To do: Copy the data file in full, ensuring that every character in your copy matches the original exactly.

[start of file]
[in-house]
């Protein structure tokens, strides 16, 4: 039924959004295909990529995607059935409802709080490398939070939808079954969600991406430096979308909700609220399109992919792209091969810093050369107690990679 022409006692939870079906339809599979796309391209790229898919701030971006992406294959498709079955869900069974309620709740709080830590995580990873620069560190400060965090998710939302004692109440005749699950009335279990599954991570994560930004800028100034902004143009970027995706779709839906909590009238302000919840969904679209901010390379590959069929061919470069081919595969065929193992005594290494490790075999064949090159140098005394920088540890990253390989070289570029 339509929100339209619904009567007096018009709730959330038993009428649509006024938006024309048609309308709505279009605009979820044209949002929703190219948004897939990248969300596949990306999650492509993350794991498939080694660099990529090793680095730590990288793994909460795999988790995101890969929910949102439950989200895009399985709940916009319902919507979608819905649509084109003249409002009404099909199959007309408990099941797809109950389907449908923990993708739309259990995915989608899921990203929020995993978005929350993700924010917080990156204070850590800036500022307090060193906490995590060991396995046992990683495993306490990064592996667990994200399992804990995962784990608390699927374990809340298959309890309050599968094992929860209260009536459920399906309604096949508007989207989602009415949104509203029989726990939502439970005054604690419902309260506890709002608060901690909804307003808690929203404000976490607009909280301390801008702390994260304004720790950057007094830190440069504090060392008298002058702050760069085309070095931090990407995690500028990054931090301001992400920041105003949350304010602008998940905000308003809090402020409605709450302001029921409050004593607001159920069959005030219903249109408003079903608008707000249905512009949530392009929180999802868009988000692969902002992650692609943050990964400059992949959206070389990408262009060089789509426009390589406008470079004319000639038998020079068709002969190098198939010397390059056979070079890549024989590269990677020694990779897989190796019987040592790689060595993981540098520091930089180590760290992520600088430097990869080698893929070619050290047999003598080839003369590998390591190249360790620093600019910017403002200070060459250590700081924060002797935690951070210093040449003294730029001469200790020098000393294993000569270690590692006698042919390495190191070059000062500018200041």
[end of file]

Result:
[in-house]
């Protein structure tokens, strides 16, 4: 039924959004295909990529995607059935409802709080490398939070939808079954969600991406430096979308909700609220399109992919792209091969810093050369107690990679 022409006692939870079906339809599979796309391209790229898919701030971006992406294959498709079955869900069974309620709740709080830590995580990873620069560190400060965090998710939302004692109440005749699950009335279990599954991570994560930004800028100034902004143009970027995706779709839906909590009238302000919840969904679209901010390379590959069929061919470069081919595969065929193992005594290494490790075999064949090159140098005394920088540890990253390989070289570029 339509929100339209619904009567007096018009709730959330038993009428649509006024938006024309048609309308709505279009605009979820044209949002929703190219948004897939990248969300596949990306999650492509993350794991498939080694660099990529090793680095730590990288793994909460795999988790995101890969929910949102439950989200895009399985709940916009319902919507979608819905649509084109003249409002009404099909199959007309408990099941797809109950389907449908923990993708739309259990995915989608899921990203929020995993978005929350993700924010917080990156204070850590800036500022307090060193906490995590060991396995046992990683495993306490990064592996667990994200399992804990995962784990608390699927374990809340298959309890309050599968094992929860209260009536459920399906309604096949508007989207989602009415949104509203029989726990939502439970005054604690419902309260506890709002608060901690909804307003808690929203404000976490607009909280301390801008702390994260304004720790950057007094830190440069504090060392008298002058702050760069085309070095931090990407995690500028990054931090301001992400920041105003949350304010602008998940905000308003809090402020409605709450302001029921409050004593607001159920069959005030219903249109408003079903608008707000249905512009949530392009929180999802868009988000692969902002992650692609943050990964400059992949959206070389990408262009060089789509426009390589406008470079004319000639038998020079068709002969190098198939010397390059056979070079890549024989590269990677020694990779897989190796019987040592790689060595993981540098520091930089180590760290992520600088430097990869080698893929070619050290047999003598080839003369590998390591190249360790620093600019910017403002200070060459250590700081924060002797935690951070210093040449003294730029001469200790020098000393294993000569270690590692006698042919390495190191070059000062500018200041």